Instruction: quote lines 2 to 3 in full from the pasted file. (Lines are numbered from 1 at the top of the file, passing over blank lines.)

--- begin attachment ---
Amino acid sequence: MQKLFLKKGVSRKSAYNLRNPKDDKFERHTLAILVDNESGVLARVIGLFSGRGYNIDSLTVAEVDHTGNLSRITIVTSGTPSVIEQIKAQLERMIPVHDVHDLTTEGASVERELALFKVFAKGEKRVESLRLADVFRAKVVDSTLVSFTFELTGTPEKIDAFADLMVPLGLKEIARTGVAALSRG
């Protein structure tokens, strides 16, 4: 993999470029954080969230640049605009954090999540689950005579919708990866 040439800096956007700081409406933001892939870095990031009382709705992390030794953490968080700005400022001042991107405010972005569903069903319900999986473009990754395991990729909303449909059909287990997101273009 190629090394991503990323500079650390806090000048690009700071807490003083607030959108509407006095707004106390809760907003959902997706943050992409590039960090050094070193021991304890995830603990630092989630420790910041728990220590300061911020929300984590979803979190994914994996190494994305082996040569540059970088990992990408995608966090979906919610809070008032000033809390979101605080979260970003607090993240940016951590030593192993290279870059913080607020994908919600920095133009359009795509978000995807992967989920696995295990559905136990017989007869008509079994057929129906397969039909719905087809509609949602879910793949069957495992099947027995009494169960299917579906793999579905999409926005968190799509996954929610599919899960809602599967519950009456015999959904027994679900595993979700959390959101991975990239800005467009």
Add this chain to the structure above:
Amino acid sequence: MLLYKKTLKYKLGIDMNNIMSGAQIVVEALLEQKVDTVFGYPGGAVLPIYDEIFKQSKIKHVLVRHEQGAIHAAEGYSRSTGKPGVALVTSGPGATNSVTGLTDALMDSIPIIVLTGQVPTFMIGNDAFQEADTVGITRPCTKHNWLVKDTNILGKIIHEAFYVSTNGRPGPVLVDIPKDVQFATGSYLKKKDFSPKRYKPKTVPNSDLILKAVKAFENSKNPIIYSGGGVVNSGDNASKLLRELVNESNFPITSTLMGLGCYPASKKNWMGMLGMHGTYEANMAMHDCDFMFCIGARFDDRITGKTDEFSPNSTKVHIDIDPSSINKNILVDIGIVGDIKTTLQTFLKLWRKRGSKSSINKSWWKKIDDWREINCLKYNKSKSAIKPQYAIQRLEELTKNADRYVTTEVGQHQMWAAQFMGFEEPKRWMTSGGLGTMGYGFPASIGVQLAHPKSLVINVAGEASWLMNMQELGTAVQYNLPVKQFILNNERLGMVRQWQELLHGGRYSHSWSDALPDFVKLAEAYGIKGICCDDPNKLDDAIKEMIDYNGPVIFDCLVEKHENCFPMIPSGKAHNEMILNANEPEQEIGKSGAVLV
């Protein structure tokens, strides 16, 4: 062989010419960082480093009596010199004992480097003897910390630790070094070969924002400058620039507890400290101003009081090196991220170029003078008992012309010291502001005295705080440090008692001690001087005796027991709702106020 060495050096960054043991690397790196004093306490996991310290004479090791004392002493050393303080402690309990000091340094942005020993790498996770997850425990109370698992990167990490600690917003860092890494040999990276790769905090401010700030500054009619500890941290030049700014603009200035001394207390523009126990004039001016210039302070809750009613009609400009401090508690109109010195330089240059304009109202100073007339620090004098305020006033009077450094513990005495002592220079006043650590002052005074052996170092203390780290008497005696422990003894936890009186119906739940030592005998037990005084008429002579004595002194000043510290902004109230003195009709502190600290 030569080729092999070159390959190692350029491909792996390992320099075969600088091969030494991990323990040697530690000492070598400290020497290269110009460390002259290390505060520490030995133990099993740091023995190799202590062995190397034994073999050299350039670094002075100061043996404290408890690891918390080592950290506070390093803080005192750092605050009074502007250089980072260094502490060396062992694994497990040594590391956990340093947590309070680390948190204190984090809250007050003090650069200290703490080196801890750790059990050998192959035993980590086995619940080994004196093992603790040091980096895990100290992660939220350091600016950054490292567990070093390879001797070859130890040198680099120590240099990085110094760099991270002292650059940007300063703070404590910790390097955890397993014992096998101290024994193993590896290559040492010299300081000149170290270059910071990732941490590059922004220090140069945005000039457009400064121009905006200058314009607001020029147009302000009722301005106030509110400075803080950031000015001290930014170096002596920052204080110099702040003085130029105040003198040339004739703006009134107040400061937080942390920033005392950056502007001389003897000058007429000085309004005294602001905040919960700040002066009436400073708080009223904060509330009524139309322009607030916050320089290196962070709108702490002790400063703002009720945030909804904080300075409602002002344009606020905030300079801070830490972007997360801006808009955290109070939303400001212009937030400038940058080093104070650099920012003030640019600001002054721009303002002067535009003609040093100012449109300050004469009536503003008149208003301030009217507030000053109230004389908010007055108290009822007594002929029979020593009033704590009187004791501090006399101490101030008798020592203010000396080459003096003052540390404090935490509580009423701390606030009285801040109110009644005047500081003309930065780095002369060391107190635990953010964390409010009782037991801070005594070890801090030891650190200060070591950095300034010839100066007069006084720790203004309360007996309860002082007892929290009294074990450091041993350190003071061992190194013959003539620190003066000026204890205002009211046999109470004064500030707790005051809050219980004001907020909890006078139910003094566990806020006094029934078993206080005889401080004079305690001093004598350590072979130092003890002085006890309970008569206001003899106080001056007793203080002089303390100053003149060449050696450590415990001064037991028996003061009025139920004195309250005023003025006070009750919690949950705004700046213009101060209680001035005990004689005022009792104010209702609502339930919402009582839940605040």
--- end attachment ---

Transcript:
């Protein structure tokens, strides 16, 4: 993999470029954080969230640049605009954090999540689950005579919708990866 040439800096956007700081409406933001892939870095990031009382709705992390030794953490968080700005400022001042991107405010972005569903069903319900999986473009990754395991990729909303449909059909287990997101273009 190629090394991503990323500079650390806090000048690009700071807490003083607030959108509407006095707004106390809760907003959902997706943050992409590039960090050094070193021991304890995830603990630092989630420790910041728990220590300061911020929300984590979803979190994914994996190494994305082996040569540059970088990992990408995608966090979906919610809070008032000033809390979101605080979260970003607090993240940016951590030593192993290279870059913080607020994908919600920095133009359009795509978000995807992967989920696995295990559905136990017989007869008509079994057929129906397969039909719905087809509609949602879910793949069957495992099947027995009494169960299917579906793999579905999409926005968190799509996954929610599919899960809602599967519950009456015999959904027994679900595993979700959390959101991975990239800005467009």
Add this chain to the structure above: